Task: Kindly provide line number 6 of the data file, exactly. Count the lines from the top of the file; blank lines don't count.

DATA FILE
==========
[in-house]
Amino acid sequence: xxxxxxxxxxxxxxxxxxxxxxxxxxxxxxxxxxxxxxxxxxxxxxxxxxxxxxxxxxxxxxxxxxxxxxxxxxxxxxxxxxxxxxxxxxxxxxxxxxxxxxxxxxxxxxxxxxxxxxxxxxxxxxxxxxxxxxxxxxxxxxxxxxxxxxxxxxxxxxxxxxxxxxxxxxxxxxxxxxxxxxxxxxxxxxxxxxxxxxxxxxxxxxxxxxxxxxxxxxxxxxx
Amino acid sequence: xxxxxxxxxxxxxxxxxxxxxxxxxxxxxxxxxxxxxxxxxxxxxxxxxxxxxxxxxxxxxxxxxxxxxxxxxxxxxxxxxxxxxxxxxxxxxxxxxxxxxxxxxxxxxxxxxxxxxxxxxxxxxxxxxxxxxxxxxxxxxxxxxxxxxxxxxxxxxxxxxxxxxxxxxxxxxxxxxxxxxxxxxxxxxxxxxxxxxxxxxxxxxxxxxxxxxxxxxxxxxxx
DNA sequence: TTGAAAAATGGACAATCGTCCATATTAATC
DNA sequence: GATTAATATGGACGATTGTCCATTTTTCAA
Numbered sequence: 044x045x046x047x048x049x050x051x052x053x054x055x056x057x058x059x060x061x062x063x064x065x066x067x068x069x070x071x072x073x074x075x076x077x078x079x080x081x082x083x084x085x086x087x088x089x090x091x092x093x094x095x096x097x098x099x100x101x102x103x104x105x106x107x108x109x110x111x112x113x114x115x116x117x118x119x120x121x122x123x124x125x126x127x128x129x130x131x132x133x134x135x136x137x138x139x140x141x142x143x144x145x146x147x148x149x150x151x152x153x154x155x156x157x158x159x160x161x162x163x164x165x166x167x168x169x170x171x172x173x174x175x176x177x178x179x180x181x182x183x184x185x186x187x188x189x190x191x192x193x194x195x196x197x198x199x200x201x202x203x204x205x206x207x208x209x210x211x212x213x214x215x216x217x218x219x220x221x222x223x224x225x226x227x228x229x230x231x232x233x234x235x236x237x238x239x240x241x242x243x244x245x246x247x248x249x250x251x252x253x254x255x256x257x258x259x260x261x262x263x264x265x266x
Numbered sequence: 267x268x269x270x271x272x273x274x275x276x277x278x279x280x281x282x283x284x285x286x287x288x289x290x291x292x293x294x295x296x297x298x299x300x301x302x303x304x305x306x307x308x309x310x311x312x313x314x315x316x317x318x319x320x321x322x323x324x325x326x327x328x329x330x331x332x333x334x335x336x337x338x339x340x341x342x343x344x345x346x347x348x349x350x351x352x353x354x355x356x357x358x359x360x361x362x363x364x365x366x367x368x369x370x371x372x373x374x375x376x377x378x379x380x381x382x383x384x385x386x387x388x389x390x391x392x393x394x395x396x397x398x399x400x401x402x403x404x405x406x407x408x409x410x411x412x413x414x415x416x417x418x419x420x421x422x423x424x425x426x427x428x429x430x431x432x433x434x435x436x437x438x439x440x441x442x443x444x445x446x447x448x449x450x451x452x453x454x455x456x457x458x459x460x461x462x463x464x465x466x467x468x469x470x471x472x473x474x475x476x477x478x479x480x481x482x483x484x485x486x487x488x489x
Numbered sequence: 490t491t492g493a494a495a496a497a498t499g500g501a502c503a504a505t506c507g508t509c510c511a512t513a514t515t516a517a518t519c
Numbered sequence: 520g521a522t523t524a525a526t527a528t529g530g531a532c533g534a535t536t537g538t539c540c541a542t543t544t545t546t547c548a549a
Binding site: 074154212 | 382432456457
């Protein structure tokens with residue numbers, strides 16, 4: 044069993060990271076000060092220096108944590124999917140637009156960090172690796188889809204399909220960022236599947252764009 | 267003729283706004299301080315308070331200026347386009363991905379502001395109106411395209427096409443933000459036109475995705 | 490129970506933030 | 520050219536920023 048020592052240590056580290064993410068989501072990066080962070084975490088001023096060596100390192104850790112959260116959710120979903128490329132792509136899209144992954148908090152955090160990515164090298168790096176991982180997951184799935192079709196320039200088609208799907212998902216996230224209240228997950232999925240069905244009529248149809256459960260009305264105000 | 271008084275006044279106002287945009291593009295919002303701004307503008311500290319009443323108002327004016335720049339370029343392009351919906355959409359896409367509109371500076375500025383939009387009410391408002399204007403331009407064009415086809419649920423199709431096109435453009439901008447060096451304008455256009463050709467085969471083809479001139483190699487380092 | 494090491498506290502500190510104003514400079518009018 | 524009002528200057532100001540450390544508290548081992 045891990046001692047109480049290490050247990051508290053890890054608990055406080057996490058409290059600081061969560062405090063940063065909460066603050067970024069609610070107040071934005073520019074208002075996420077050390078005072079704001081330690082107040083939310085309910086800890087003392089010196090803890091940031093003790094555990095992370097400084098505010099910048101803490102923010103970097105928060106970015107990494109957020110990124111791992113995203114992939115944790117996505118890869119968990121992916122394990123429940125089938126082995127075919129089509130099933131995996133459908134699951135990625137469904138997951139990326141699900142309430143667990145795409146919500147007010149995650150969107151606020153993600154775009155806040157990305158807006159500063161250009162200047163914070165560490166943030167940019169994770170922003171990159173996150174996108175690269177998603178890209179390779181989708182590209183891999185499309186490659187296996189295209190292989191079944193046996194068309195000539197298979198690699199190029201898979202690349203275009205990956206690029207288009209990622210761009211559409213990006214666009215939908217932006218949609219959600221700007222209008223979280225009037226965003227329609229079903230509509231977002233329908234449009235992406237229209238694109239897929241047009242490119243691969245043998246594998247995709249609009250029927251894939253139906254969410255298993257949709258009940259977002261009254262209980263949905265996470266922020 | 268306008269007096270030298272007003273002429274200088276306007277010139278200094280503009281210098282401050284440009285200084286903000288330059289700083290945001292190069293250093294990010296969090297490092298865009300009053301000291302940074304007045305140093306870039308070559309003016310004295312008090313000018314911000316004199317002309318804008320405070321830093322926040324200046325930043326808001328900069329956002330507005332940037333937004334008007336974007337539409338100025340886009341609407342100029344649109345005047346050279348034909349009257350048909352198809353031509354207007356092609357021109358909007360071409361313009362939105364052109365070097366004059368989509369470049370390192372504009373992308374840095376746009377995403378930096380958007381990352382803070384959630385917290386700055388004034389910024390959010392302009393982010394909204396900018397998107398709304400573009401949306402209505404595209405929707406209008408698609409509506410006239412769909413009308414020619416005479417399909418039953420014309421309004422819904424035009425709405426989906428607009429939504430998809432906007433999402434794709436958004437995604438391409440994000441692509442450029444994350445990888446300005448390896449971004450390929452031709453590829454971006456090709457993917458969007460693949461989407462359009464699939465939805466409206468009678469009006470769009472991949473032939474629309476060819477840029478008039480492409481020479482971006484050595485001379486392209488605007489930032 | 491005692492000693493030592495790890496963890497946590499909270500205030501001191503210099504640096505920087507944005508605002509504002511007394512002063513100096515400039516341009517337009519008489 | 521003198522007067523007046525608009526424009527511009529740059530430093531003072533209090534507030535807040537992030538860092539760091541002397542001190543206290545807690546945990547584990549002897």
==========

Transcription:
Numbered sequence: 044x045x046x047x048x049x050x051x052x053x054x055x056x057x058x059x060x061x062x063x064x065x066x067x068x069x070x071x072x073x074x075x076x077x078x079x080x081x082x083x084x085x086x087x088x089x090x091x092x093x094x095x096x097x098x099x100x101x102x103x104x105x106x107x108x109x110x111x112x113x114x115x116x117x118x119x120x121x122x123x124x125x126x127x128x129x130x131x132x133x134x135x136x137x138x139x140x141x142x143x144x145x146x147x148x149x150x151x152x153x154x155x156x157x158x159x160x161x162x163x164x165x166x167x168x169x170x171x172x173x174x175x176x177x178x179x180x181x182x183x184x185x186x187x188x189x190x191x192x193x194x195x196x197x198x199x200x201x202x203x204x205x206x207x208x209x210x211x212x213x214x215x216x217x218x219x220x221x222x223x224x225x226x227x228x229x230x231x232x233x234x235x236x237x238x239x240x241x242x243x244x245x246x247x248x249x250x251x252x253x254x255x256x257x258x259x260x261x262x263x264x265x266x